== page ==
My 10-day Instagram break was a breath of fresh air, especially over the holidays. I was excited to log back on in January, but quickly felt those same old feelings—that this wasn’t meaningful in the longterm, and worry of how daily scrolling was molding my mind. Without overthinking, I knew I had to take action. I was never going to get around to designing a system (just log in once per week? once per month for Moment Sketchers? etc.), so I just left.
It was a quick decision, but I spent time making a mini-notecard creation to announce the leave:
If there’s one thing I know about me, I’m incredibly adaptable to new surroundings. I think we all are. So if my phone no longer had Instagram, and it was no longer a part of my day, I would adjust. Just like when I left Facebook in 2014. And there’s always the option to reevaluate and choose a different course of action.
We’re nearing the end of January, and so far so good. What I hadn’t foreseen is that my reasons for leaving Instagram have evolved into a theme I’d now like to focus on in 2019.
Obnoxiously Encouraging Thoughts + Non-Comparison
I think it was easier to take action and leave Instagram because I’ve been taking inventory of my thoughts lately. While I’m undoubtedly an optimistic person and generally have kind, supportive self-talk, thoughts will still appear which highlight what I haven’t done, how I’m letting fear keep me still—again, or the ways in which I will never accomplish like so-and-so has. Well you know what? I don’t want them anymore.
When these thoughts arise, I identify and stop them, and tell myself the real story. But I wonder what it would feel like if they never popped up in the first place. Who would I become if my thoughts were to tip the scale obnoxiously to the positive, cheering myself along for every tiny thing?
Furthermore, what if I had a year with no expectations, no comparisons, no self-judgement.
You chose to watch three hours of Netflix? Hooray! I truly hope you enjoyed it.
You went outside today? Great job!
Today you scribbled something in your poetry journal? Praise Mother Earth!
I know that I’m capable of more, which is perhaps the heaviest mental block of all. I know I have what it takes to start a movement or to make change in my community. When my thoughts turn to this fact, I feel guilty for “unused potential.” But you know what sounds really great? Removing that weight from my shoulders.
For one year, I don’t want those thoughts to visit me. For one year, whatever I choose to do in the moment is enough. Even if when I’m being lazy or holding back. I will listen to my body and my intuition and get immersed deeply in whatever I’m doing. And not using Instagram will greatly aid in this endeavor.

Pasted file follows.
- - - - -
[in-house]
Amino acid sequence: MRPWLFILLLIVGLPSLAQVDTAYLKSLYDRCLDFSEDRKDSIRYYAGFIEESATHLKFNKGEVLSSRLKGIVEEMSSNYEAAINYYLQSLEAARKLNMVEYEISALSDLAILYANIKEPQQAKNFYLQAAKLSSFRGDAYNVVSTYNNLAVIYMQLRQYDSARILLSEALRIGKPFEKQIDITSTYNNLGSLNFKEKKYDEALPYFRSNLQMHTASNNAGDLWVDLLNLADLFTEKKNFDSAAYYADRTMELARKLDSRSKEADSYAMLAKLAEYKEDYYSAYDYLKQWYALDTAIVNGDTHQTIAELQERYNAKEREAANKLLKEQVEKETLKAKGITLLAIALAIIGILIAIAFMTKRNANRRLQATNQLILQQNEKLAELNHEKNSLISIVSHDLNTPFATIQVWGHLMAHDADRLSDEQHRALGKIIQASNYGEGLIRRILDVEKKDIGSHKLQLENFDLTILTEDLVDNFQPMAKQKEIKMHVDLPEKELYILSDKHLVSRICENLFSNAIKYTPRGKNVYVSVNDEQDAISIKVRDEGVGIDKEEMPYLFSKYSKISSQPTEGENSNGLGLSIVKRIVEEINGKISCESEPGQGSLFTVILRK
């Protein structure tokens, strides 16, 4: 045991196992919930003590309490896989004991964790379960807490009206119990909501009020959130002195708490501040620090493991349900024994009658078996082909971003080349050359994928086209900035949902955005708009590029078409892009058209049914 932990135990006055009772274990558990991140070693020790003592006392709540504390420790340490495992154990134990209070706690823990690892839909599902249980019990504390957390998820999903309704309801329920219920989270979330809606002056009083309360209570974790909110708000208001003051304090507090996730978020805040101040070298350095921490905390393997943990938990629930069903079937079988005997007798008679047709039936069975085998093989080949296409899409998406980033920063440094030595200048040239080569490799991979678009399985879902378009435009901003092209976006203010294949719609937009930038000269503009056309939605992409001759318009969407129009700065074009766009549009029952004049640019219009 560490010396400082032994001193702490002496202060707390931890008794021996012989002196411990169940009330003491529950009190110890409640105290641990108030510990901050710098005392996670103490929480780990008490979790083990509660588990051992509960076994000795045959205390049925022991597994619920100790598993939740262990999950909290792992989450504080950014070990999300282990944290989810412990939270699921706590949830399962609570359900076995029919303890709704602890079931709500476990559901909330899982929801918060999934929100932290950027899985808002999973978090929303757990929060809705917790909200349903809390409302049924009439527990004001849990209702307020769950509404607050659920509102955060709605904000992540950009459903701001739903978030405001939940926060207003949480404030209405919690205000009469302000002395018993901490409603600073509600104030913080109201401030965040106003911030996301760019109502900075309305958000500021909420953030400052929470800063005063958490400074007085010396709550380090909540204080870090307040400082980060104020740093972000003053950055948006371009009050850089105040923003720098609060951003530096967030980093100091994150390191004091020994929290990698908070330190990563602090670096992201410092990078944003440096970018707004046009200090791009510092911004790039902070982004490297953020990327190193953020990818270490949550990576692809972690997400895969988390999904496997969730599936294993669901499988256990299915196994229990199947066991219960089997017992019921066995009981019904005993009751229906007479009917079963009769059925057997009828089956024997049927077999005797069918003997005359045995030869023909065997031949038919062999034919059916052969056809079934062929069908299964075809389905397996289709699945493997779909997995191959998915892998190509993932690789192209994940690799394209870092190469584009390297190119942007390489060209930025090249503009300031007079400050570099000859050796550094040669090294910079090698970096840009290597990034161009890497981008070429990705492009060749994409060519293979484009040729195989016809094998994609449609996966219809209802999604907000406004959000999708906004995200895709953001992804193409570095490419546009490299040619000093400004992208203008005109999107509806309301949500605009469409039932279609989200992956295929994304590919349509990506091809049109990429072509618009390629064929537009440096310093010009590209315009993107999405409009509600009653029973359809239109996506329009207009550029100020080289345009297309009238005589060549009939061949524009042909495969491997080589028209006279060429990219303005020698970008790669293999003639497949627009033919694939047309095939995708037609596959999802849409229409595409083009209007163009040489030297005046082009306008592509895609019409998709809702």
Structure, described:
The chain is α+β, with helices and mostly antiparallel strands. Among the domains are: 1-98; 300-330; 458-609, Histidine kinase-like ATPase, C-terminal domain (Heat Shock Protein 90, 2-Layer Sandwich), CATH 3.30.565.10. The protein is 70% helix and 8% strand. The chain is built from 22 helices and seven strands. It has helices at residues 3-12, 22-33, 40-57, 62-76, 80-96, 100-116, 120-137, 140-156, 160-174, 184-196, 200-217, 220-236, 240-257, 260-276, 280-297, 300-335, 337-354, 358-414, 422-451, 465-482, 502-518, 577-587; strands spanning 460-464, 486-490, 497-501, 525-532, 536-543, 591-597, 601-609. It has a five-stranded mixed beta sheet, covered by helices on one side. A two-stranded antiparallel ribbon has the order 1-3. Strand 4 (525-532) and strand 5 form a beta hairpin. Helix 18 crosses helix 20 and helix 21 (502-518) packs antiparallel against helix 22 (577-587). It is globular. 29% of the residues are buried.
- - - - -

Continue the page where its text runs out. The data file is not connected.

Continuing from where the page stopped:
(More stream-of-conscious curiosity: If I learn to turn off these non-supportive thoughts, can I also learn to turn off the thoughts that are hugely tuned into what’s going on around me, which wonder if I’ve hit the mark? Is this the year I’ll finally be in one place long enough to start therapy? Or the year I’ll stop telling myself the story that I don’t live anywhere long enough to start therapy?)
This whole focus area emerged organically over the past few weeks, but I’ve identified three action items I can work on in February:
- Write a self manifesto of sorts, with encouraging reminders I can read to myself each morning. (This has been on my ‘cool things to make’ list for a year or two now. It’s about time I start!)
- Read “Mindfulness in Plain English.” (Hat tip to Luke for the reading recommendation.)
- Do Daily Calm while staying at Damien’s, since I have WiFi here and I’m still paying for a premium Calm account. (I barely touched it in 2018, mostly due to the fact that I was rarely in Wi-Fi zones.)
Filling a Poetry Notebook
The second big focus is writing poetry. I made a dab of an effort last year—there was resistance every time I picked up the notebook or thought about writing in the notebook. As I learned last year, instead of trying to write poems, I will aim to fill a notebook with shitty metaphors and thoughts! Just fill the notebook.
I have three books which are driving this endeavor at the moment:
- “Poemcrazy: Freeing Your Life with Words” by Susan Goldsmith Wooldridge
- “In the Palm of Your Hand: The Poet’s Portable Workshop” by Steve Kowit
- “Find Your Voice: A Guided Poetry Journal for Your Heart and Your Art” by Noor Unnahar
So, my action item for February is to spend at least 10 minutes per day in one of these books and/or with my notebook. (I picked up a cheap A5 spiral notepad with really thin, scrappy paper here—it’s perfect in terms of approachability.)
And those are the two themes that have surfaced since the turn of the calendar year. I will check back in at the end of February, but then come March I’m headed to the AZT for 6 or 8 weeks of thru-hiking.
What are you focused on these days? Where would you like your focus to turn to throughout the new year?